CU: Yeah! Actually, no! (laughs). I took a single high school class on that subject and spent one semester in college. While I was doing my first year of my associate’s degree I quit and moved to Maryland to train BJJ fulltime. Around that time, I was teaching jiu-jitsu and competing a lot. My dad had been a musician growing up, and I think he kind of regretted not giving it a full shot himself. He’s still a hippie – make sure you put that in the article. But he said: “Go, give this your all, and follow your dream. If you ever want to go back to school, you can always be the creepy old guy in the back of the classroom.” So I did. People told me back then: “If you leave school now, you’re never going back.” They were right (laughs).
Well, it worked out. You run your own business now.
CU: I think college is a great for some people, but I’m very glad that I decided to do something else before I committed to that path. After I came back from Maryland, I was sure that I wanted to pursue jiu-jitsu for life.
Can you explain why?
CU: Jiu-jitsu is an extremely fun way to develop yourself as a person – physically, mentally, and spiritually. You’re learning the value of hard work and comradery, while dealing with people from way different backgrounds. An 18-year old skateboarder can become best training partners with a 45-year old doctor. I think jiu-jitsu can help you see the world from a different perspective.
Then there’s the real self-defense aspect. Some people get into jiu-jitsu to help them defend against a psycho knife killer stalking them in the shower, which is the least possible thing that’ll kill you. What will get you is obesity. You’re actually defending yourself by working out, being healthy, improving your physique, and lowering your stress.
Furthermore, once you add some goal-setting to your jiu-jitsu – whether it’s competition, getting to your next belt, or losing weight – you’re on a path of subduing negative thoughts by positive affirmations. By believing in yourself. That’s a skill that will help you in all areas of life. And lastly, on the micro level, you can also just focus on working on making your De La Riva guard better. See, there’s a lot of levels to it. That’s what keeps me going.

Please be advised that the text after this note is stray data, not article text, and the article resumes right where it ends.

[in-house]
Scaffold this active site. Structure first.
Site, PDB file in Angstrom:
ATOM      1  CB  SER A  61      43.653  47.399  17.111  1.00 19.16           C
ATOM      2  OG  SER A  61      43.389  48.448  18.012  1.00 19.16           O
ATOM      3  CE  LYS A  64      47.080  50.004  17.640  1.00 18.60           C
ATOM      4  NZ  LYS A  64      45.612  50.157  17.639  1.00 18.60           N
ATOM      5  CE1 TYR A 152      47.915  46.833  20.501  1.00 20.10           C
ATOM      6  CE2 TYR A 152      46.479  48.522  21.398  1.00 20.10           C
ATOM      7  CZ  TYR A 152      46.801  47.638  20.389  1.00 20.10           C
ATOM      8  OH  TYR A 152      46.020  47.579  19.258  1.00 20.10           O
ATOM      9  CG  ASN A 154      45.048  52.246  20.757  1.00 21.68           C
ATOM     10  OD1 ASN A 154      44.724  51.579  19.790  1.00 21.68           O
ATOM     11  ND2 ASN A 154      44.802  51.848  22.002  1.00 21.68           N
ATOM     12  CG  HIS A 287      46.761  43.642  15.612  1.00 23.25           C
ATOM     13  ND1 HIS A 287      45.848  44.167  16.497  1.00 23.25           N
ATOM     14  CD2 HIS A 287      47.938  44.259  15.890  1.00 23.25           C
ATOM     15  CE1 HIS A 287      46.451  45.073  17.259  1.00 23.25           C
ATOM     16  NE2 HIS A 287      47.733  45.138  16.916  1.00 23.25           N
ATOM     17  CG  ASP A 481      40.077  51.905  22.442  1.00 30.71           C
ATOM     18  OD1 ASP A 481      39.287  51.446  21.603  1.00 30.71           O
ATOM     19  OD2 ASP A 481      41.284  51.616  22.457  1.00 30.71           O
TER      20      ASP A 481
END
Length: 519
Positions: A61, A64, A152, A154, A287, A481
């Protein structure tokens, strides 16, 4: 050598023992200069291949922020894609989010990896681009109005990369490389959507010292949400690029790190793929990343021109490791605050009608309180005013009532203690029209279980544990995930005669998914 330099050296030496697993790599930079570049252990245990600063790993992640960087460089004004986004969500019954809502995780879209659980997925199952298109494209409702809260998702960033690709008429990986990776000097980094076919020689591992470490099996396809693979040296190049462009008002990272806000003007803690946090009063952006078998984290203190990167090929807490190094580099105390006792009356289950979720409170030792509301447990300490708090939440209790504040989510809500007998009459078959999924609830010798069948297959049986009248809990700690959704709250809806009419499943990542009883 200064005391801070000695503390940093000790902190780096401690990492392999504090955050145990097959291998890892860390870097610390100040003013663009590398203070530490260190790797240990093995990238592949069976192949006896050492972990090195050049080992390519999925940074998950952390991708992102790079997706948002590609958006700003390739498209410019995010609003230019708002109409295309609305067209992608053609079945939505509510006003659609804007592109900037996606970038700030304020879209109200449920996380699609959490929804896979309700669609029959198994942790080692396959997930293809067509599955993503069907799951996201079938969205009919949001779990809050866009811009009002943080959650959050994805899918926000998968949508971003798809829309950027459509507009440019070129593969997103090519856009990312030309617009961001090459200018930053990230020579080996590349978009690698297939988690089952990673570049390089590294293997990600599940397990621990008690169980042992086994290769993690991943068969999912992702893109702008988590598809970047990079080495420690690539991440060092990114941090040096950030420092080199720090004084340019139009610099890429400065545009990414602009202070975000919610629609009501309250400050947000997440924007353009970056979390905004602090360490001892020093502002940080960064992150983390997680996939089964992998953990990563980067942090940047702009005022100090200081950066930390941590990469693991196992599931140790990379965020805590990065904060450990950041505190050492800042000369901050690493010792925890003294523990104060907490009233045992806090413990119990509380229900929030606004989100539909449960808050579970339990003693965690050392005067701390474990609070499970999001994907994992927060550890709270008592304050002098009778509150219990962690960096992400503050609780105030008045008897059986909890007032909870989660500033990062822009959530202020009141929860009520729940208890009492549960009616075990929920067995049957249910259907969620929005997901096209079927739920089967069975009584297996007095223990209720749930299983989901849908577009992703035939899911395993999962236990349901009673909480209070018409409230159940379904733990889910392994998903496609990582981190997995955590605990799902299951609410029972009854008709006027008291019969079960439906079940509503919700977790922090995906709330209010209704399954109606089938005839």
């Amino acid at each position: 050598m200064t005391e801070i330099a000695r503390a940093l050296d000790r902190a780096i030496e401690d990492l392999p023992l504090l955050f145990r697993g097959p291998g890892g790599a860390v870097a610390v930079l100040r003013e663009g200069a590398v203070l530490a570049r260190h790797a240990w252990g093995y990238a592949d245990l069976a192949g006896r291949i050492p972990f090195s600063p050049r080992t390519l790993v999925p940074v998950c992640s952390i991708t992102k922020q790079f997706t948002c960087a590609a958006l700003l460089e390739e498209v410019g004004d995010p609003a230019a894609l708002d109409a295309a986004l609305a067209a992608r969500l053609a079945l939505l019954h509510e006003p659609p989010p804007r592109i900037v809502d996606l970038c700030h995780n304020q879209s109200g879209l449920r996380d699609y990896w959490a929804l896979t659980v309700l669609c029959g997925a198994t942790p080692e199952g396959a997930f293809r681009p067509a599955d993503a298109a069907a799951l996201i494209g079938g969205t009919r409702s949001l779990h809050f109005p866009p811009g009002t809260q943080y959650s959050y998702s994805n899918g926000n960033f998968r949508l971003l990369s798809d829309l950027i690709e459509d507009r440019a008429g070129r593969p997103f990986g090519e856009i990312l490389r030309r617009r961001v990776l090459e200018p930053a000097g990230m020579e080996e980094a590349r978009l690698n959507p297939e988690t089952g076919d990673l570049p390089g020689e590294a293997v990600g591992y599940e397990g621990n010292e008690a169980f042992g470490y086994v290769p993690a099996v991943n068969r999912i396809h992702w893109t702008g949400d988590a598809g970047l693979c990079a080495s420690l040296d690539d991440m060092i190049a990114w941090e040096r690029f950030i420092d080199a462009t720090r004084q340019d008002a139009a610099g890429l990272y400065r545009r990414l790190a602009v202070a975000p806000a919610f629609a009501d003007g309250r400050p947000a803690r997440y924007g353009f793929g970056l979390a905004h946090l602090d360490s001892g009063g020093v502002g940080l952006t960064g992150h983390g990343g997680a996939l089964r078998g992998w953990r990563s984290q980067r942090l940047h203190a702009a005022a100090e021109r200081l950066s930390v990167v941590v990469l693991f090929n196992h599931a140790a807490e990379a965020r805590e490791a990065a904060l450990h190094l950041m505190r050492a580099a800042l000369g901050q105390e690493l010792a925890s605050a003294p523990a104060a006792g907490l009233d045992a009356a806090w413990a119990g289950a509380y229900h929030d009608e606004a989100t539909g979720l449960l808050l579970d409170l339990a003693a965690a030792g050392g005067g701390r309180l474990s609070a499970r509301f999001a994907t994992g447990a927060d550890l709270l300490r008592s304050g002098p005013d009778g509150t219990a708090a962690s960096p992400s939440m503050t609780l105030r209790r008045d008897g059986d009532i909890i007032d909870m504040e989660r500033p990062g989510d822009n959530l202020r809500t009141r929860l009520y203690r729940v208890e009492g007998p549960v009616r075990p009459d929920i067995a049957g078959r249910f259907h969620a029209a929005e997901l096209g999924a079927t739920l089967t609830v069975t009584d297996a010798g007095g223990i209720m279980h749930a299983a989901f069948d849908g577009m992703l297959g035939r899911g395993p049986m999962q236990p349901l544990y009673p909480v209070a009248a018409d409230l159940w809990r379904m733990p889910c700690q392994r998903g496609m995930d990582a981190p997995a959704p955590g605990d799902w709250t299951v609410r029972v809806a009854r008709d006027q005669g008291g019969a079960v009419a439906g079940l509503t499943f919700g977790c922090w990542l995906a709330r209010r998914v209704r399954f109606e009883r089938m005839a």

Who inspires you?
CU: I admire Marcelo Garcia, not only for his competition prowess and his contributions to the technique, but also for the kind of school that he has. I try to visit his place every week, and the way he runs the room is what I want my own academy to be. They train super hard, but when you walk in you feel so welcome. Positive intensity, that’s what I want in jiu-jitsu. Gianni Grippo is also a good friend of mine and a positive influence. Then there’s Jason Scully, he’s helped me a lot. Whenever I feel myself getting pulled into the classic competitor, instructor, and school owner mistakes, he’s there to offer advice. And of course, my father has been a great motivator to chase my dreams – that’s a given. I also have to credit Nelson Puentes and Hillary Witt for encouraging me to build a community.
How did you get hooked up with Inverted Gear?
CU: I started training with them, when Nelson was running the school in North Plainfield. At the time, I was really into no-gi, so they called me no-gi Chris. I loved training there. Then they moved to another location, and I followed them, and we all ended up at BJJ United. It’s funny how our paths kept intersecting. At first, I was just wearing their gi’s because I liked them and I wanted to support their brand. The sponsorship kind of happened naturally. They came to my school for a couple of Reilly seminars, and we did the BJJ Globetrotters USA Camp last summer. Nelson has also helped me with different opportunities and he exposed me to different aspects of jiu-jitsu.
There’s something in improv-comedy called the “Yes! And…”-principle. People also use it in business for brainstorming purposes. Whenever someone says something, you’re supposed to say: “Yes! And…” - then you add something constructive. You never dismiss whatever the other actor throws at you. I think positive people in this world are “Yes! And…”-people. Inverted Gear is run by ‘em. It’s great to be a part of that tribe.”
Chris Ulbricht owns and runs Garden State Brazilian Jiu Jitsu (www.centraljerseybjj.com). He loves to have visitors at his academy, and is available for seminars and workshops. He can be reached on Facebook, or at Gardenstatebjj@gmail.com. You can also follow Garden State BJJ on Instagram at @gardenstatebjj
Daniël Bertina is a journalist, writer, and BJJ black belt based in the Netherlands. Follow him on Twitter & Instagram at @joyofirony.